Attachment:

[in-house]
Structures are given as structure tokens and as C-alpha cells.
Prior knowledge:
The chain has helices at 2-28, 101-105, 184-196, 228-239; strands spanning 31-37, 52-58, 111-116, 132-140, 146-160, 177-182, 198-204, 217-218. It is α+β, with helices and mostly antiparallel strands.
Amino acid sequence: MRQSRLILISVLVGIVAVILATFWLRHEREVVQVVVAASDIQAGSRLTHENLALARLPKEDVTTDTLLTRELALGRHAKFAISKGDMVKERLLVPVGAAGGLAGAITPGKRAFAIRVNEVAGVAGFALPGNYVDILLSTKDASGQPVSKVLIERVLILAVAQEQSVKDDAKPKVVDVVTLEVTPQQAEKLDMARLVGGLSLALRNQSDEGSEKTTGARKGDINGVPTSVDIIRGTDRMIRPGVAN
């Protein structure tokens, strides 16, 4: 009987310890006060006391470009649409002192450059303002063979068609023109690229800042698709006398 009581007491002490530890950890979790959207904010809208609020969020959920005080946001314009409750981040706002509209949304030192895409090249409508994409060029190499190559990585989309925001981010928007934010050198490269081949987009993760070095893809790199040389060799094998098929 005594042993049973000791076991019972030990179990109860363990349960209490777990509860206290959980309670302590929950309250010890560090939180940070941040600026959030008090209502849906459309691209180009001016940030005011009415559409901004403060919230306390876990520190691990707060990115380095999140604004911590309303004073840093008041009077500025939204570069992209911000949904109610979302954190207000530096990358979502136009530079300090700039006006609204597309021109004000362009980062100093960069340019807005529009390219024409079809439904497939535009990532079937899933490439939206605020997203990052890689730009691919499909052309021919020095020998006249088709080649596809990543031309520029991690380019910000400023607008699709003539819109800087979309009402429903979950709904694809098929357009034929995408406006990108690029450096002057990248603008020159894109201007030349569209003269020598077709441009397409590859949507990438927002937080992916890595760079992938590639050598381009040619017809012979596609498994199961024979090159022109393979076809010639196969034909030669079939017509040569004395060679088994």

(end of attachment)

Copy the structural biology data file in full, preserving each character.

[in-house]
Structures are given as structure tokens and as C-alpha cells.
Prior knowledge:
The chain has helices at 2-28, 101-105, 184-196, 228-239; strands spanning 31-37, 52-58, 111-116, 132-140, 146-160, 177-182, 198-204, 217-218. It is α+β, with helices and mostly antiparallel strands.
Amino acid sequence: MRQSRLILISVLVGIVAVILATFWLRHEREVVQVVVAASDIQAGSRLTHENLALARLPKEDVTTDTLLTRELALGRHAKFAISKGDMVKERLLVPVGAAGGLAGAITPGKRAFAIRVNEVAGVAGFALPGNYVDILLSTKDASGQPVSKVLIERVLILAVAQEQSVKDDAKPKVVDVVTLEVTPQQAEKLDMARLVGGLSLALRNQSDEGSEKTTGARKGDINGVPTSVDIIRGTDRMIRPGVAN
């Protein structure tokens, strides 16, 4: 009987310890006060006391470009649409002192450059303002063979068609023109690229800042698709006398 009581007491002490530890950890979790959207904010809208609020969020959920005080946001314009409750981040706002509209949304030192895409090249409508994409060029190499190559990585989309925001981010928007934010050198490269081949987009993760070095893809790199040389060799094998098929 005594042993049973000791076991019972030990179990109860363990349960209490777990509860206290959980309670302590929950309250010890560090939180940070941040600026959030008090209502849906459309691209180009001016940030005011009415559409901004403060919230306390876990520190691990707060990115380095999140604004911590309303004073840093008041009077500025939204570069992209911000949904109610979302954190207000530096990358979502136009530079300090700039006006609204597309021109004000362009980062100093960069340019807005529009390219024409079809439904497939535009990532079937899933490439939206605020997203990052890689730009691919499909052309021919020095020998006249088709080649596809990543031309520029991690380019910000400023607008699709003539819109800087979309009402429903979950709904694809098929357009034929995408406006990108690029450096002057990248603008020159894109201007030349569209003269020598077709441009397409590859949507990438927002937080992916890595760079992938590639050598381009040619017809012979596609498994199961024979090159022109393979076809010639196969034909030669079939017509040569004395060679088994």